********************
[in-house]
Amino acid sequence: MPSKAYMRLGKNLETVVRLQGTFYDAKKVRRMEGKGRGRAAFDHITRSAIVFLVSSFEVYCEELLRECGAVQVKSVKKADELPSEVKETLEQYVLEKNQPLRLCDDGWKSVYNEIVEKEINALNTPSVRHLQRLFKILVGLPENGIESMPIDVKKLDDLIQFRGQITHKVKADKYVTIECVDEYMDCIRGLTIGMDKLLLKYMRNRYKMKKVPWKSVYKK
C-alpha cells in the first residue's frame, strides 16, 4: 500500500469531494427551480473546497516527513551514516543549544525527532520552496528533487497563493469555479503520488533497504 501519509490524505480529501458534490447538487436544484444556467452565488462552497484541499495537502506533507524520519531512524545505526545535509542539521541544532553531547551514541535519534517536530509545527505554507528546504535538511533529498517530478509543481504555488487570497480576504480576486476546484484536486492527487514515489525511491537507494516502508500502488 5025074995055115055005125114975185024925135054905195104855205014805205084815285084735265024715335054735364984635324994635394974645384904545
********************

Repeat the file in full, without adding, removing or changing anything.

[in-house]
Amino acid sequence: MPSKAYMRLGKNLETVVRLQGTFYDAKKVRRMEGKGRGRAAFDHITRSAIVFLVSSFEVYCEELLRECGAVQVKSVKKADELPSEVKETLEQYVLEKNQPLRLCDDGWKSVYNEIVEKEINALNTPSVRHLQRLFKILVGLPENGIESMPIDVKKLDDLIQFRGQITHKVKADKYVTIECVDEYMDCIRGLTIGMDKLLLKYMRNRYKMKKVPWKSVYKK
C-alpha cells in the first residue's frame, strides 16, 4: 500500500469531494427551480473546497516527513551514516543549544525527532520552496528533487497563493469555479503520488533497504 501519509490524505480529501458534490447538487436544484444556467452565488462552497484541499495537502506533507524520519531512524545505526545535509542539521541544532553531547551514541535519534517536530509545527505554507528546504535538511533529498517530478509543481504555488487570497480576504480576486476546484484536486492527487514515489525511491537507494516502508500502488 5025074995055115055005125114975185024925135054905195104855205014805205084815285084735265024715335054735364984635324994635394974645384904545